Calgary Power's mobile electirc kitchen exhibit, Calgary 1939.  Glenbow ArchivesDuring the early 20th century producers and advertisers, like Eaton's, turned their attention to the housewife.  They realized that she represented a very important market, since she made many of the decisions about what would be purchased for the home. Since she spent most of her time in the kitchen - it was where she performed the majority of her labour - advertisers also focused their campaigns in the kitchen.  As we will see in the Education section, there was a growing belief that housekeeping was a science.  Although she still was not paid, the housewife, it was believed, should receive training on proper housekeeping methods such as nutrition, health and sanitation.  She should have the proper "scientific" tools and place of work, all of which advertisers claimed they could provide.  The new kitchen would be "Mother's Workshop and Laboratory," designed like a factory for efficiency and sanitation. 1

Modern electric conveniences grouped closely together would ensure that the housewife would not waste time on needlessly time-consuming tasks. Hard, resilient floors, and painted (instead of wallpapered) walls allowed for easy clean-up and reduced the areas in which germs could build.  Also, an increased number of windows allowed for proper ventilation and would, therefore, contribute to a more cheerful environment. Companies like Eaton's and Calgary Power even designed mobile kitchens that displayed the most desirable aspects of the modern, efficient kitchen which, of course, included their own products. These kitchens were staffed by women in white nurse-like uniforms, emphasizing the belief that housekeeping was scientific and caring profession.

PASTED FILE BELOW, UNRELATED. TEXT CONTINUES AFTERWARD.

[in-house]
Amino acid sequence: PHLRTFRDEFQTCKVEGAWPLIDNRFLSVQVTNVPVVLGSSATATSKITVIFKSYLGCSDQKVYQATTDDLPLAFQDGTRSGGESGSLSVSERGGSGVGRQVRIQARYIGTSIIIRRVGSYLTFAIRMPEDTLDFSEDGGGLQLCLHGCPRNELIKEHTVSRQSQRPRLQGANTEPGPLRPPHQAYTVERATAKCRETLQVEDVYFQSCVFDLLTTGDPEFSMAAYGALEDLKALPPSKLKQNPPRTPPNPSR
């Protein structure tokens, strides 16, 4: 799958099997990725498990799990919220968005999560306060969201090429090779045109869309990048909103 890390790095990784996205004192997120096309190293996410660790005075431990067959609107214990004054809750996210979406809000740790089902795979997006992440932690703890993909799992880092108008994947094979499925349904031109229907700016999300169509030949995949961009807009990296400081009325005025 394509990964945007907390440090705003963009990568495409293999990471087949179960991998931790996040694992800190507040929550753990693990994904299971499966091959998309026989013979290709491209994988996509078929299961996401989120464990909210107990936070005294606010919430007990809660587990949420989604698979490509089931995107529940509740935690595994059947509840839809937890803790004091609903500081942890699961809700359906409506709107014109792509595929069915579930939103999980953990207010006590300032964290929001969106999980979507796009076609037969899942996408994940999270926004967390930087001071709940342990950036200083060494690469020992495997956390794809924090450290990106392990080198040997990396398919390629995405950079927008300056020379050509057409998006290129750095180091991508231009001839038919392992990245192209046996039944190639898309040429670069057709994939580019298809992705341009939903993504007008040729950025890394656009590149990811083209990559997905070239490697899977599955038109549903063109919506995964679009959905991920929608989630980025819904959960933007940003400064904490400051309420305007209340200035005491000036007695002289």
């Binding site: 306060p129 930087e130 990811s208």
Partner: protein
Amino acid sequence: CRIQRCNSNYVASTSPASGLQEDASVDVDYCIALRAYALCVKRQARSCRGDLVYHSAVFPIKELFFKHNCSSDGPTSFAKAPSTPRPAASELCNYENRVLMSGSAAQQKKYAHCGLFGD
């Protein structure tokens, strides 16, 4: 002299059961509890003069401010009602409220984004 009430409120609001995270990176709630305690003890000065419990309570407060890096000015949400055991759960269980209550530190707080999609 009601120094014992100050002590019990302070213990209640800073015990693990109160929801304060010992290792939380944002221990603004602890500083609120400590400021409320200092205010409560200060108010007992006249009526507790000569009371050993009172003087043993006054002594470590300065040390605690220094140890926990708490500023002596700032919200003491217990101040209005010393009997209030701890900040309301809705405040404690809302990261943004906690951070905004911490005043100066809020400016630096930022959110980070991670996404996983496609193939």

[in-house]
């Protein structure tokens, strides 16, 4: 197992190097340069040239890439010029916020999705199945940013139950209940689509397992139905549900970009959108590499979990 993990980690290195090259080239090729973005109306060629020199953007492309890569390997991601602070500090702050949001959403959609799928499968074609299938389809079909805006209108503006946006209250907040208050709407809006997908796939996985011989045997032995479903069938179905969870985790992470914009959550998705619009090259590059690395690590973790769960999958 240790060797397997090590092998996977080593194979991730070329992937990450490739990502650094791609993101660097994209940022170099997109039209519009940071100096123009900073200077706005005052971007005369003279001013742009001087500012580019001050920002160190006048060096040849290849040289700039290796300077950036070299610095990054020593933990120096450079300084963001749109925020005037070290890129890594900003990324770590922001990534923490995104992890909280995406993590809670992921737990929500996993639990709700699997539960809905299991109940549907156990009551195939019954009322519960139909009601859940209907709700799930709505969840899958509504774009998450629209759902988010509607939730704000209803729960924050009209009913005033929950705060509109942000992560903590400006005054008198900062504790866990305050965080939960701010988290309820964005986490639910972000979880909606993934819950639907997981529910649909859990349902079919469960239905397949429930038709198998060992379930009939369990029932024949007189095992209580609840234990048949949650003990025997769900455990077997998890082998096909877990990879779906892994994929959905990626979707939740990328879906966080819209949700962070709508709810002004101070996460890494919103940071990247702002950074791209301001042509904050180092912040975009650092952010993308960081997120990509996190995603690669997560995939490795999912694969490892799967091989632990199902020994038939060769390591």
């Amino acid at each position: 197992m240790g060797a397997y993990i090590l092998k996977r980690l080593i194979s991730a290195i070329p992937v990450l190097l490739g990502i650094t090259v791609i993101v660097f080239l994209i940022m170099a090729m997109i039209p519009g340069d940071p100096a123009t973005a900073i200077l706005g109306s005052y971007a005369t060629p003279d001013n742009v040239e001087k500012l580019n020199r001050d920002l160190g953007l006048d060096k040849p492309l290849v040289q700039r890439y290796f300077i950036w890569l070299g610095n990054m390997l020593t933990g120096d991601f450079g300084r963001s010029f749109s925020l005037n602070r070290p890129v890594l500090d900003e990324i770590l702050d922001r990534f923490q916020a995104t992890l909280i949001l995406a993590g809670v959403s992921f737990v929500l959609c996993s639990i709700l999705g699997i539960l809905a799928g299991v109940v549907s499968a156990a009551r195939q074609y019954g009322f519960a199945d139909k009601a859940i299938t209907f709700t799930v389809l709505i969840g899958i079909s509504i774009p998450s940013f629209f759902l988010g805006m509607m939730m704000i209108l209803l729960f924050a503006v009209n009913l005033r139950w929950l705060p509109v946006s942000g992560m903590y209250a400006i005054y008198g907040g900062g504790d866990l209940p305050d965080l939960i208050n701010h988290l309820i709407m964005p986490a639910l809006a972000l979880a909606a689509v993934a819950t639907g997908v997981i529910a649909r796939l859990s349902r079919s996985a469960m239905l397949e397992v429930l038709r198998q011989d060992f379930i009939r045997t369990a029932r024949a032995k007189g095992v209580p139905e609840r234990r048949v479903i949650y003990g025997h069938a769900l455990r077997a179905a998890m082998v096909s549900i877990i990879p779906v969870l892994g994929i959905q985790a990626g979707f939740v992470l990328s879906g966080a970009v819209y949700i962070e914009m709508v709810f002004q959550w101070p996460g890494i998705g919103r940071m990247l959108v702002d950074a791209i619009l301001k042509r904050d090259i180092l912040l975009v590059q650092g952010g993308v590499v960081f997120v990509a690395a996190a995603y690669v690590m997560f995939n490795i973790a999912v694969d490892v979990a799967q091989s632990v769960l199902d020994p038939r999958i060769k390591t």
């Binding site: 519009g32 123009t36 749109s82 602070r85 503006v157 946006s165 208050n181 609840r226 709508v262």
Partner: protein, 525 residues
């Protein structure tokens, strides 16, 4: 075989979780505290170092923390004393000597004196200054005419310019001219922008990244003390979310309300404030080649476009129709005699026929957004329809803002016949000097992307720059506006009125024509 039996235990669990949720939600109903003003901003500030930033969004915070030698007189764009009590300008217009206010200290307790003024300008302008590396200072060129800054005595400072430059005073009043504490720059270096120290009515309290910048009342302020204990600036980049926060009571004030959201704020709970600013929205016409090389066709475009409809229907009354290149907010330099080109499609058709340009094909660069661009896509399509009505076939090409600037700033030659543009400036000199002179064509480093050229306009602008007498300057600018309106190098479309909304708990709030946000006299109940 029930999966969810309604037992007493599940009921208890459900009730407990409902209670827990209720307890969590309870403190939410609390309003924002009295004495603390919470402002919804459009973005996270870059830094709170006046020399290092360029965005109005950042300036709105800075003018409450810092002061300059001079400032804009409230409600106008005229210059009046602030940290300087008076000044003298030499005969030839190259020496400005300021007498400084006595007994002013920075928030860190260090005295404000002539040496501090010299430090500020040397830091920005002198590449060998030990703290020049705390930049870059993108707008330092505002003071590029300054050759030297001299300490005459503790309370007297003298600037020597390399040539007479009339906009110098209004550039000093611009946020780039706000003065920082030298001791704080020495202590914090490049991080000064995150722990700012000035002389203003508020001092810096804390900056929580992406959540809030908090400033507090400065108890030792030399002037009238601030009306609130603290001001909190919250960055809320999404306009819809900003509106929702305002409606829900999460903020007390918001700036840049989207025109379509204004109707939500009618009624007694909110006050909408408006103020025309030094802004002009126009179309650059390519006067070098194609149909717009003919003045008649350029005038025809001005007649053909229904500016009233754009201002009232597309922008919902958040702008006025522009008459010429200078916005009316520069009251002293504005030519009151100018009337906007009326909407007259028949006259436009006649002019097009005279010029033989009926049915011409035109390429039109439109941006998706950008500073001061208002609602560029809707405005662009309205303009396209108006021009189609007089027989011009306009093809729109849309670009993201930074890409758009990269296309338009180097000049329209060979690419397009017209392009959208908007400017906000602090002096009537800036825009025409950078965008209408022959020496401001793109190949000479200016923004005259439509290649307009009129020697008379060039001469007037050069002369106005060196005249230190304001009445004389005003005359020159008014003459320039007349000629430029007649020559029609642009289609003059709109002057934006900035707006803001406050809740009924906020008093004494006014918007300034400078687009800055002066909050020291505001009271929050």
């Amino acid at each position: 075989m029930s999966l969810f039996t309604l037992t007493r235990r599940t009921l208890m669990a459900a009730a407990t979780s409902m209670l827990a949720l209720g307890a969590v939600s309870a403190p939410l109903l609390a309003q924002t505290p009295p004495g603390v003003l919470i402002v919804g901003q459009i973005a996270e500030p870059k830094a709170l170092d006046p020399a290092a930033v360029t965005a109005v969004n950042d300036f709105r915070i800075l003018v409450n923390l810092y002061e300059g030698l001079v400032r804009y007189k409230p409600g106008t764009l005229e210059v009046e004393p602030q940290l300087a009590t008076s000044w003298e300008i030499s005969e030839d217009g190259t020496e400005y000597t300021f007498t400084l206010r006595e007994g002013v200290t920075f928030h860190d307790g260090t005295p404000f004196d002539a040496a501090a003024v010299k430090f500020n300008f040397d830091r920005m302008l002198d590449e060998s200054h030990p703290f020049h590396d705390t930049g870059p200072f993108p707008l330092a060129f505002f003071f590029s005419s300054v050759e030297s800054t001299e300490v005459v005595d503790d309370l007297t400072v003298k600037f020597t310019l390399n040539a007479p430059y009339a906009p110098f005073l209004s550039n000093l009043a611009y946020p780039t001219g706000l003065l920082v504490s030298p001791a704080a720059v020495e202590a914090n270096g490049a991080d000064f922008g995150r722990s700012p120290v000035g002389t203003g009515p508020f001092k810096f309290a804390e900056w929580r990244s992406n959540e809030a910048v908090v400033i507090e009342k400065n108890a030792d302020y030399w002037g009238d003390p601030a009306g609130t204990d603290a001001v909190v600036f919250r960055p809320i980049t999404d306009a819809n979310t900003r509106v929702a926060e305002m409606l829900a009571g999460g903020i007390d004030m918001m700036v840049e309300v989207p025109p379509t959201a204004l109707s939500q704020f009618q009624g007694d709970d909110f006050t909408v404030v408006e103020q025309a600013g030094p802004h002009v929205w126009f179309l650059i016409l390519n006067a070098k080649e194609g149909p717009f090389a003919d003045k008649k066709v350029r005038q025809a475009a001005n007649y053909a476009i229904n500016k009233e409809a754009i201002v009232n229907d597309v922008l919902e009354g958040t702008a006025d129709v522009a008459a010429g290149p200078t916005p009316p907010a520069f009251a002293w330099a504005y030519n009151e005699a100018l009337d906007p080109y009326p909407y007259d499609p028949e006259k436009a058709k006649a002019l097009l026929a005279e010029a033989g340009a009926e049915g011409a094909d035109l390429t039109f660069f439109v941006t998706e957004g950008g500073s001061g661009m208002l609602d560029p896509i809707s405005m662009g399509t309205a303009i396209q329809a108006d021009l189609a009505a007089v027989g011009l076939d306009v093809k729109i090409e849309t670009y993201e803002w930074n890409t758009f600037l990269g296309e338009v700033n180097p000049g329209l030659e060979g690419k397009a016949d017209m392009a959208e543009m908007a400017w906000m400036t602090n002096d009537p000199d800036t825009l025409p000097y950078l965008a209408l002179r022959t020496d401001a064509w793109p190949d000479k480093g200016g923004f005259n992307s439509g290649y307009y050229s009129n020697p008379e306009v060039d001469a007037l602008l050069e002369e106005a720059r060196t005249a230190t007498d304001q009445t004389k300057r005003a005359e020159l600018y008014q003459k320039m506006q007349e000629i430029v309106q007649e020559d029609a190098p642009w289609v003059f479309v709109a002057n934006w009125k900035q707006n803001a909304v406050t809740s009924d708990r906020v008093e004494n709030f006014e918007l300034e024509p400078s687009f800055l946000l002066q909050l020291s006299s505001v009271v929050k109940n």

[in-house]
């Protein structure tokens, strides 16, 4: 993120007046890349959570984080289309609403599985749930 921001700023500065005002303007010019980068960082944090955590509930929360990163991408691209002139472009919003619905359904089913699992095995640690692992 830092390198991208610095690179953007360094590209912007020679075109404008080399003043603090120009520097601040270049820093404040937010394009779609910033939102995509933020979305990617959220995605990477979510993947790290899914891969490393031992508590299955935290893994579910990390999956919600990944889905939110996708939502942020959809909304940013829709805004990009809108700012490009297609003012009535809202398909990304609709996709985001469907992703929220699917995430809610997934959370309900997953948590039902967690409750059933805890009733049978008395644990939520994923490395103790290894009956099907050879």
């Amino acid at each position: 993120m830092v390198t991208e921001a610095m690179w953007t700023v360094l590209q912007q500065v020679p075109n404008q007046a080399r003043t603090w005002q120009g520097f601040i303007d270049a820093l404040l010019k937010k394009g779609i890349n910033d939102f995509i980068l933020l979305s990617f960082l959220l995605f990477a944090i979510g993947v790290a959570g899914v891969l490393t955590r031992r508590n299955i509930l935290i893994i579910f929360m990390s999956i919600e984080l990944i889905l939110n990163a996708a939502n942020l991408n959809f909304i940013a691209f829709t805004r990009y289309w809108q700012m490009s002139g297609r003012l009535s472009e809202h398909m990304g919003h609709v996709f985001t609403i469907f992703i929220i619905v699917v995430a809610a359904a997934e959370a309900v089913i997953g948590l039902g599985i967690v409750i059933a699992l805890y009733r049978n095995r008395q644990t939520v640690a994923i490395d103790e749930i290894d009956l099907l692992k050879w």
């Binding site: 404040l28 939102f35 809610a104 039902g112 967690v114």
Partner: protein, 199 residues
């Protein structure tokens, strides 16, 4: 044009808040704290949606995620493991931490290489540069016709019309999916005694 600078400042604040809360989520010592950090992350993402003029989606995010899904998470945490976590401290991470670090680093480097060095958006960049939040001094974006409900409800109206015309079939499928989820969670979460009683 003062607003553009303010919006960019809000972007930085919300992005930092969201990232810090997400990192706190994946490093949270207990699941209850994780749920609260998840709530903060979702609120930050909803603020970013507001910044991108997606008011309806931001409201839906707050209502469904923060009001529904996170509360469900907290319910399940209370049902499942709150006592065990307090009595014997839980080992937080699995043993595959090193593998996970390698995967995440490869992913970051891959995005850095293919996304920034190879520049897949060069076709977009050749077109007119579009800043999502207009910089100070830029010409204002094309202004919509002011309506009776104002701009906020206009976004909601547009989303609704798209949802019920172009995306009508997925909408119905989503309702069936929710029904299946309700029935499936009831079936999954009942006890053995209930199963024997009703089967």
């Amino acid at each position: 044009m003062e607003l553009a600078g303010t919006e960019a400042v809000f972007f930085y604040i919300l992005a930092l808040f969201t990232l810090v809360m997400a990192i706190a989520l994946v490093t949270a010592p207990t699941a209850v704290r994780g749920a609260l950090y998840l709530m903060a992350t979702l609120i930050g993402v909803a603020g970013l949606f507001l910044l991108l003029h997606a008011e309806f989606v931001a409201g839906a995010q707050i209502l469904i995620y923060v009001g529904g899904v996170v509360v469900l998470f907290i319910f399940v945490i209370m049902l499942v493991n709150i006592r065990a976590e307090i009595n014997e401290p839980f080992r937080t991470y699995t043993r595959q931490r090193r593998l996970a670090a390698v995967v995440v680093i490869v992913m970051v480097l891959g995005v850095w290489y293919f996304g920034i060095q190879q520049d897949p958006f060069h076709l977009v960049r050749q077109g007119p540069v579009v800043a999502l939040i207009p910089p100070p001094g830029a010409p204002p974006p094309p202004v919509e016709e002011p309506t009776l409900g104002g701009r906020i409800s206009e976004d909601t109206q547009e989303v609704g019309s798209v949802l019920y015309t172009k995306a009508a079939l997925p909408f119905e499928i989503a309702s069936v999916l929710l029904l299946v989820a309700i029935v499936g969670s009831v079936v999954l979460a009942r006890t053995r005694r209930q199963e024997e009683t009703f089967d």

These modern conveniences and changes in kitchen design were meant, advertisers claimed, to save women time and free them all the all-consuming nature of domestic labour. Now they would have more time for the real purpose of their profession: loving and supporting their family. However, historian, Dianne Dodd argues that advancements in domestic technology did not emancipate the housewife; along with the growth of these conveniences, pressures on women also grew as she was expected to create a more sanitary, comfortable and happy home. The communal nature of women’s tasks decreased and, as result, women became more isolated within their home. Finally, Dodd points out that the rise in domestic technology did not disrupt the gender lines of labour, but rather reinforced them as women were still encouraged to be primarily involved in their domestic role.

Sources:

  • Dodd, Dianne.  "Women and Domestic Technology: Household Drudgery, 'Democratized Consumption,' and Patriarchy."  Framing Our Past.  Eds. Sharon Cook, et al.  Montreal: McGill University Press, 2001.
      

  • Gagnon, Anne.  "'Our parents did not raise us to be independent:' The Work and Schooling of Young Franco-Albertan Women, 1890-1940." Prairie Forum 1994 19(2): 169-185.
      

  • McManus, Sheila.  "Gender(ed) Tensions in the Work and Politics of Alberta Farm Women, 1905-29."  Telling Tales.  Eds. Randi Warne and Catherine Cavanaugh.  Vancouver: University of British Columbia Press, 2000.
      

  • Millar, Nancy.  Once Upon a Wedding.  Calgary: Bayeux Arts, 2000.
      

  • Wetherall, Donald and Irene Kmet.  Homes in Alberta: Building, Trends, and Design 1870-1967.  Edmonton: University of Alberta Press, 1991.